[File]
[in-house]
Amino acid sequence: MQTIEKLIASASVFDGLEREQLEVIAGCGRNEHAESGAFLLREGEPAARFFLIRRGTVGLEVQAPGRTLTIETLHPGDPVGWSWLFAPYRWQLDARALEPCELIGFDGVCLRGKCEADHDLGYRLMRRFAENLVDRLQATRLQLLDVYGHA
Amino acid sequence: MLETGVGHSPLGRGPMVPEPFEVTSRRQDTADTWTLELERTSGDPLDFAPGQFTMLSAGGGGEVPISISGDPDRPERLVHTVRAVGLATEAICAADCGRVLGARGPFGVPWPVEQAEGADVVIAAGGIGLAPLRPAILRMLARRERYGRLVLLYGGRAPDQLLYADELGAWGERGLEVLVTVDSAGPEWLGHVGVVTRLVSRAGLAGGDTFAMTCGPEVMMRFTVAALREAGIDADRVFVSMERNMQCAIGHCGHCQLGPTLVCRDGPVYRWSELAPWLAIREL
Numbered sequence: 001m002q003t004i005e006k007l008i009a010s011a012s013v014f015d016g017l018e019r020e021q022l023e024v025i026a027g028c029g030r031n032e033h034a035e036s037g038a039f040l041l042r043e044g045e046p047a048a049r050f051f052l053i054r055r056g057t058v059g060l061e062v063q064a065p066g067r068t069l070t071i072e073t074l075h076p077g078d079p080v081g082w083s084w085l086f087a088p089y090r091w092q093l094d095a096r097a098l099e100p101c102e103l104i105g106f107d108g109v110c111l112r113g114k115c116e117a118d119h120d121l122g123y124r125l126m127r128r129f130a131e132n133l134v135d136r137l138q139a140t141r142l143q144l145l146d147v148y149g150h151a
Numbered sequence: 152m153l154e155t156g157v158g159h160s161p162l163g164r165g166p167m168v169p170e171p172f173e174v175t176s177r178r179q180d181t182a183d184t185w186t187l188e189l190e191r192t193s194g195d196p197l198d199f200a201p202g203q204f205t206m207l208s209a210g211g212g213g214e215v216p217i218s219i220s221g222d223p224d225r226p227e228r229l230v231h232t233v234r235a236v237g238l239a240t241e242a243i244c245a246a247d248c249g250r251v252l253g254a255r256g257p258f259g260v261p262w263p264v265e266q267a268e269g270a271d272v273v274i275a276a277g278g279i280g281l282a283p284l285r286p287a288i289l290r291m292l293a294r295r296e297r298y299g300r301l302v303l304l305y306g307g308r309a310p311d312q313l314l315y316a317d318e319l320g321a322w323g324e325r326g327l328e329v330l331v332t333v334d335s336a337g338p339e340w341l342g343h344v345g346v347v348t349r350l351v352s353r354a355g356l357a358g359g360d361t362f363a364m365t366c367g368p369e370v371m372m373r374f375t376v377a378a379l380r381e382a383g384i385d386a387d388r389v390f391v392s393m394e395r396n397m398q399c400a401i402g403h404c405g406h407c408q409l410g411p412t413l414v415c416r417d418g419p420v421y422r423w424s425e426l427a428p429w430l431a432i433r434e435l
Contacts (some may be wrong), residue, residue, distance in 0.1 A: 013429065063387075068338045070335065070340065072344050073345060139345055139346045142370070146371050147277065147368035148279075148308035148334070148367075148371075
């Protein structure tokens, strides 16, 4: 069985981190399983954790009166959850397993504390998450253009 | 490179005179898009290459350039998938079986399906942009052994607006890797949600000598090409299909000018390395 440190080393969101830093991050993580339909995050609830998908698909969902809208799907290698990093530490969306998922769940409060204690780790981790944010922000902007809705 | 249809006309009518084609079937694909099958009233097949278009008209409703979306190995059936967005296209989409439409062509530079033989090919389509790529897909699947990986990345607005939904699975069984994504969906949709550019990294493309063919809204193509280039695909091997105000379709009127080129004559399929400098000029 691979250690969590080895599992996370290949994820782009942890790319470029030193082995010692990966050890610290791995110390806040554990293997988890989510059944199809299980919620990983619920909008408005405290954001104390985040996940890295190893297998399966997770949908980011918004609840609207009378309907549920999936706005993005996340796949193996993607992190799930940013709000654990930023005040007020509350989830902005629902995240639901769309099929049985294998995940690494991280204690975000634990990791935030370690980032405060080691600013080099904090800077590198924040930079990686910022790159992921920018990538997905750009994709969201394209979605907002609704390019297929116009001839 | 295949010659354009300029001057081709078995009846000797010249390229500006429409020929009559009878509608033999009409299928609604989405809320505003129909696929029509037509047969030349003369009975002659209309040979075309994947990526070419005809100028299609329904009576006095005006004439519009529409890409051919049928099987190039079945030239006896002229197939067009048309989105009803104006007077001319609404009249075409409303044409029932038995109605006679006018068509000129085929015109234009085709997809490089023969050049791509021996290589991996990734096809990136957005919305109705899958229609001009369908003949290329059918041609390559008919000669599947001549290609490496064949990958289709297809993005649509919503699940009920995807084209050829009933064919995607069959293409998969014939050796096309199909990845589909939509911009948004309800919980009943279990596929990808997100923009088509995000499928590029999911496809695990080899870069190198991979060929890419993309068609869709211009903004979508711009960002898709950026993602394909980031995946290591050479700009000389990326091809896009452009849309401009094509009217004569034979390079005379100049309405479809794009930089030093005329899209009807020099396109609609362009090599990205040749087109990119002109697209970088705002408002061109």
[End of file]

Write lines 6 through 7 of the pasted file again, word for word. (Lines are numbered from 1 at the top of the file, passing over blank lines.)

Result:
Contacts (some may be wrong), residue, residue, distance in 0.1 A: 013429065063387075068338045070335065070340065072344050073345060139345055139346045142370070146371050147277065147368035148279075148308035148334070148367075148371075
């Protein structure tokens, strides 16, 4: 069985981190399983954790009166959850397993504390998450253009 | 490179005179898009290459350039998938079986399906942009052994607006890797949600000598090409299909000018390395 440190080393969101830093991050993580339909995050609830998908698909969902809208799907290698990093530490969306998922769940409060204690780790981790944010922000902007809705 | 249809006309009518084609079937694909099958009233097949278009008209409703979306190995059936967005296209989409439409062509530079033989090919389509790529897909699947990986990345607005939904699975069984994504969906949709550019990294493309063919809204193509280039695909091997105000379709009127080129004559399929400098000029 691979250690969590080895599992996370290949994820782009942890790319470029030193082995010692990966050890610290791995110390806040554990293997988890989510059944199809299980919620990983619920909008408005405290954001104390985040996940890295190893297998399966997770949908980011918004609840609207009378309907549920999936706005993005996340796949193996993607992190799930940013709000654990930023005040007020509350989830902005629902995240639901769309099929049985294998995940690494991280204690975000634990990791935030370690980032405060080691600013080099904090800077590198924040930079990686910022790159992921920018990538997905750009994709969201394209979605907002609704390019297929116009001839 | 295949010659354009300029001057081709078995009846000797010249390229500006429409020929009559009878509608033999009409299928609604989405809320505003129909696929029509037509047969030349003369009975002659209309040979075309994947990526070419005809100028299609329904009576006095005006004439519009529409890409051919049928099987190039079945030239006896002229197939067009048309989105009803104006007077001319609404009249075409409303044409029932038995109605006679006018068509000129085929015109234009085709997809490089023969050049791509021996290589991996990734096809990136957005919305109705899958229609001009369908003949290329059918041609390559008919000669599947001549290609490496064949990958289709297809993005649509919503699940009920995807084209050829009933064919995607069959293409998969014939050796096309199909990845589909939509911009948004309800919980009943279990596929990808997100923009088509995000499928590029999911496809695990080899870069190198991979060929890419993309068609869709211009903004979508711009960002898709950026993602394909980031995946290591050479700009000389990326091809896009452009849309401009094509009217004569034979390079005379100049309405479809794009930089030093005329899209009807020099396109609609362009090599990205040749087109990119002109697209970088705002408002061109």